It was in 2011 when I wrote that first novel. I never expected to write it or much of any fiction. Then, something was done to me that resulted in me eventually being diagnosed with Post Traumatic Stress Disorder, something I still struggle with now. When it happened, I found myself at a crossroads, walking that thin line between humanity and monstrosity that I sometimes yammer about.


“One thing that I have learned reading Dimaro's works is that he's not afraid to tackle the controversial or hard to stomach issues.”
- Eric of Our Horror Reviews

I could have done terrible things in response to what I had been put through. I wanted to. But I didn’t. Instead, not knowing how else to cope, I sat down and started to write, and write, and write. Until, eventually, with a pen, with a notebook, I wrote a novel about what had been done to me. A novel called “Broken People”. When that novel was completed, I put it away. I haven’t really looked at it since.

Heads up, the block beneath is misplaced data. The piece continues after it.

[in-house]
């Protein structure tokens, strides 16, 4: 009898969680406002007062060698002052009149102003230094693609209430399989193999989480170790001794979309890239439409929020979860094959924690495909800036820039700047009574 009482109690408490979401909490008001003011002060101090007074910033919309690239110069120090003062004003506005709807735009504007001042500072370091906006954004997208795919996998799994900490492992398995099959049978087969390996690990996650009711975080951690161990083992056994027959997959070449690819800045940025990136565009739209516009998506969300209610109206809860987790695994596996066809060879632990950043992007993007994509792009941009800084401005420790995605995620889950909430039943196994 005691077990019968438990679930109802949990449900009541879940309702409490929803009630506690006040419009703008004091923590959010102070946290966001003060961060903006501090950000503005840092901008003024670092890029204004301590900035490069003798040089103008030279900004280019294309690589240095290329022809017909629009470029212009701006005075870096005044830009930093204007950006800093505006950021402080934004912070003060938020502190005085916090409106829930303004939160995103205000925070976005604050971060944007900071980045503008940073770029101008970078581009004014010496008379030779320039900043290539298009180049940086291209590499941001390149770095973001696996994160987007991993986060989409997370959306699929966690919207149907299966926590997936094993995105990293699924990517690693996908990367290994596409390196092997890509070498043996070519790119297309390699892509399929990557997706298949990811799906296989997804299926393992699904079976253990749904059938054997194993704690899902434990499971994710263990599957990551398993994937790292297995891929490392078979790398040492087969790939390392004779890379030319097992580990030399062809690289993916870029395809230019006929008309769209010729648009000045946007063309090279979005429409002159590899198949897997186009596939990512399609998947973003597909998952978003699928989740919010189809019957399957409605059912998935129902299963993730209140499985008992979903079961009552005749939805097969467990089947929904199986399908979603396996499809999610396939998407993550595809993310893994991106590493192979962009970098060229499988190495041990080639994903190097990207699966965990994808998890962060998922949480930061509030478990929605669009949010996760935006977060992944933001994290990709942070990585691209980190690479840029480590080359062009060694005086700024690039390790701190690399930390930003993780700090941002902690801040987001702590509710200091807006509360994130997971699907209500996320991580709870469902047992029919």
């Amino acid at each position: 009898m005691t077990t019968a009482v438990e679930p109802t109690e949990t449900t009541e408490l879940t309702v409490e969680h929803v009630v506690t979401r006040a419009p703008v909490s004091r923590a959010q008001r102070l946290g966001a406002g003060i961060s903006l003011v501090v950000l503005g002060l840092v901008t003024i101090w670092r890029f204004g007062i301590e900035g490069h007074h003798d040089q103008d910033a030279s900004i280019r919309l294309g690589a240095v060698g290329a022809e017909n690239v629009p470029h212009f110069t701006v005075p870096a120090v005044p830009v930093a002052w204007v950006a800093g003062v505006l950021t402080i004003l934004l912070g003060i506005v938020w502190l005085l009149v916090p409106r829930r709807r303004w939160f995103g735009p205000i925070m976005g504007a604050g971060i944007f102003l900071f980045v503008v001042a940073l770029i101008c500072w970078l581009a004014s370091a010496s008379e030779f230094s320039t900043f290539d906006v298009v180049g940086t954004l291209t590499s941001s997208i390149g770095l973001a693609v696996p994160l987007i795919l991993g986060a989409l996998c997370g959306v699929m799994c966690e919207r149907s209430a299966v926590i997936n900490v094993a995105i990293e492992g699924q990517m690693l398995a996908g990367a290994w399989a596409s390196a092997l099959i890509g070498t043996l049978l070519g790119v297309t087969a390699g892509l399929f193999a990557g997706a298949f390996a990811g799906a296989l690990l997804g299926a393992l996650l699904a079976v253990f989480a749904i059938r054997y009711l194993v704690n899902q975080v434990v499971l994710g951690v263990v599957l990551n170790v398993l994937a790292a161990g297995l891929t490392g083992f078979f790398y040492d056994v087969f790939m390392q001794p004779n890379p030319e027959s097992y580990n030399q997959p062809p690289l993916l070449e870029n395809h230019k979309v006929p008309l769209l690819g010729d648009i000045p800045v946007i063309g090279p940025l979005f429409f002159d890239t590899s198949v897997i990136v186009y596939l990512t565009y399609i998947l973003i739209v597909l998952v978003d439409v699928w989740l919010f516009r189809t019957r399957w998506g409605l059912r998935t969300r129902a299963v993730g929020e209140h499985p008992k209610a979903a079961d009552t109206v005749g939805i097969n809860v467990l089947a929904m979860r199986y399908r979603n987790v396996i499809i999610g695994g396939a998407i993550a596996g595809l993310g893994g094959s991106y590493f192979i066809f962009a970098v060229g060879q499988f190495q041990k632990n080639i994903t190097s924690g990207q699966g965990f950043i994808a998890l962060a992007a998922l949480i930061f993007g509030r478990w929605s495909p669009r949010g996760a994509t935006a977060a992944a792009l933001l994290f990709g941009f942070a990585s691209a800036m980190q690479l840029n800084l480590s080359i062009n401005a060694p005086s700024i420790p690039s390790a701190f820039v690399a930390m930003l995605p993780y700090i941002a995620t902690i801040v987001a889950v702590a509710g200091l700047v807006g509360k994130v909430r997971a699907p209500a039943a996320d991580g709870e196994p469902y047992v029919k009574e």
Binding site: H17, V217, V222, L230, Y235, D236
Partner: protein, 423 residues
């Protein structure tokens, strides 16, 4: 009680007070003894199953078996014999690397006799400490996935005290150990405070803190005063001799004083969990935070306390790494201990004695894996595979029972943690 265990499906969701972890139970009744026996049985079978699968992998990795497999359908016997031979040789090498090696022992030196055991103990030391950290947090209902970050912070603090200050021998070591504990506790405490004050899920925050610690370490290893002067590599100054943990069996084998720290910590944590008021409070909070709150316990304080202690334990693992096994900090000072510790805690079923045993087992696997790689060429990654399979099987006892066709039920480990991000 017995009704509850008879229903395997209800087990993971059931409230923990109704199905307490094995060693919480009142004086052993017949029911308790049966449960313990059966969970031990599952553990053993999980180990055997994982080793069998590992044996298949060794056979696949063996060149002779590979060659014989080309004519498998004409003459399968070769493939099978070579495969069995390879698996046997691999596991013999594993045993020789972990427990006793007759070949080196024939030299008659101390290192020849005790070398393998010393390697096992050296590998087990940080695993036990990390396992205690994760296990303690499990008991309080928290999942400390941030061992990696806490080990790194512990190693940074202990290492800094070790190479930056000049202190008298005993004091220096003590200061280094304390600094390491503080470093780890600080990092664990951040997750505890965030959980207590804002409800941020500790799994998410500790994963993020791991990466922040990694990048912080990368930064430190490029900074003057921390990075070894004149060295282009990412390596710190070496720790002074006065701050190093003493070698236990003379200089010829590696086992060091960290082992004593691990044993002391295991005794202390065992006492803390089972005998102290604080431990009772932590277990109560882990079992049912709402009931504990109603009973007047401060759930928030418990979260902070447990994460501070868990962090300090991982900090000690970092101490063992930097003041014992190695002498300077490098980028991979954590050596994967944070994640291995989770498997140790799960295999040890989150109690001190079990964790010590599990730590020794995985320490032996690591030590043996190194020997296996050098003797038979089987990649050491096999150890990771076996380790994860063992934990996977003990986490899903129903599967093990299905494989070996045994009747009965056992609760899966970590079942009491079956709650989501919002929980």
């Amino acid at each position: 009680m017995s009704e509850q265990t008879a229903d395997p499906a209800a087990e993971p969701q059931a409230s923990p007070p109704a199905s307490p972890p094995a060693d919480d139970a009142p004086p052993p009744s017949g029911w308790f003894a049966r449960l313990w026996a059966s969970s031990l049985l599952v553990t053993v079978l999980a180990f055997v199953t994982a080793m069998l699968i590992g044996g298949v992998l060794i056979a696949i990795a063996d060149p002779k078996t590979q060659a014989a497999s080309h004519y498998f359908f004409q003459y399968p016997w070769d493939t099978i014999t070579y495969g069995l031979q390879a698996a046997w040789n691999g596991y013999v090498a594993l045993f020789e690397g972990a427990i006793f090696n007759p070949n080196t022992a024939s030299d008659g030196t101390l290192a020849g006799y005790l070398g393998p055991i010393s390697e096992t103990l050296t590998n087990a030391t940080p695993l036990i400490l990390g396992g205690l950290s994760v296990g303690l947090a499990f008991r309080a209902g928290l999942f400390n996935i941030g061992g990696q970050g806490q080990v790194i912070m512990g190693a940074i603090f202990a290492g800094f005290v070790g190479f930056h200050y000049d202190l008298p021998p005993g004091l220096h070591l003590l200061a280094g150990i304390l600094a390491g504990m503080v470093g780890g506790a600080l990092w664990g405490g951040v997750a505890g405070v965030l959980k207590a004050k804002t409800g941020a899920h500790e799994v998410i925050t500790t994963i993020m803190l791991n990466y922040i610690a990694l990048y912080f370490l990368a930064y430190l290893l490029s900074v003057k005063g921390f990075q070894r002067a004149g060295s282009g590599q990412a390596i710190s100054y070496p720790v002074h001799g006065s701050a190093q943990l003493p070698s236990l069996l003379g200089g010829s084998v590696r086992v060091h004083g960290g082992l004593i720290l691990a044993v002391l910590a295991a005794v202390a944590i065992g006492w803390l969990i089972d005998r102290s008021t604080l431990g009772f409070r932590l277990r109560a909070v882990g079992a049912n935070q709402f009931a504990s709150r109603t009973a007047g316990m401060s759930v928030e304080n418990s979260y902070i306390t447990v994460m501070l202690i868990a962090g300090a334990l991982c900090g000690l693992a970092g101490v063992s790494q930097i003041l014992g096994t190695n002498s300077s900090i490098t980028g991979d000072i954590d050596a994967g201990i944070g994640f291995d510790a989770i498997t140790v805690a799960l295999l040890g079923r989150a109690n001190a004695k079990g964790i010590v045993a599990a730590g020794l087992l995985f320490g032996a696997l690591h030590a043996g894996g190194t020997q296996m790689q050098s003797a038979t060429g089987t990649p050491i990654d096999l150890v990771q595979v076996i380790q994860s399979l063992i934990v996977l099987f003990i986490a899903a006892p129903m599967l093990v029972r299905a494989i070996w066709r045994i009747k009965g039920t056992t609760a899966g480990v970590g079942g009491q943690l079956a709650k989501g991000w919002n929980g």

Writing that first novel didn’t fix me. Far from it (I was a mess for a long while). But it made me feel a smidgen better. It helped me cope, even if only slightly. After a while, I found myself writing more stories. I wrote these tales simply because writing them helped me deal with things and approach my issues in a way that was both cathartic and more interesting than just jotting words in a journal. Humans, historically, relate to allegories and stories in a far more meaningful and impactful way than straight forward facts and descriptions. I suppose I was writing to not only document my feelings but also to explore the perspective of the other person involved. The person who had devastated my life. I wanted to consider how we got to the point we got to. And how it might have been avoided. I was writing a story to myself to help me manage what I was going through. To help me understand myself and the people around me. I was writing to figure out why the world – the people in it – could be so fucked up.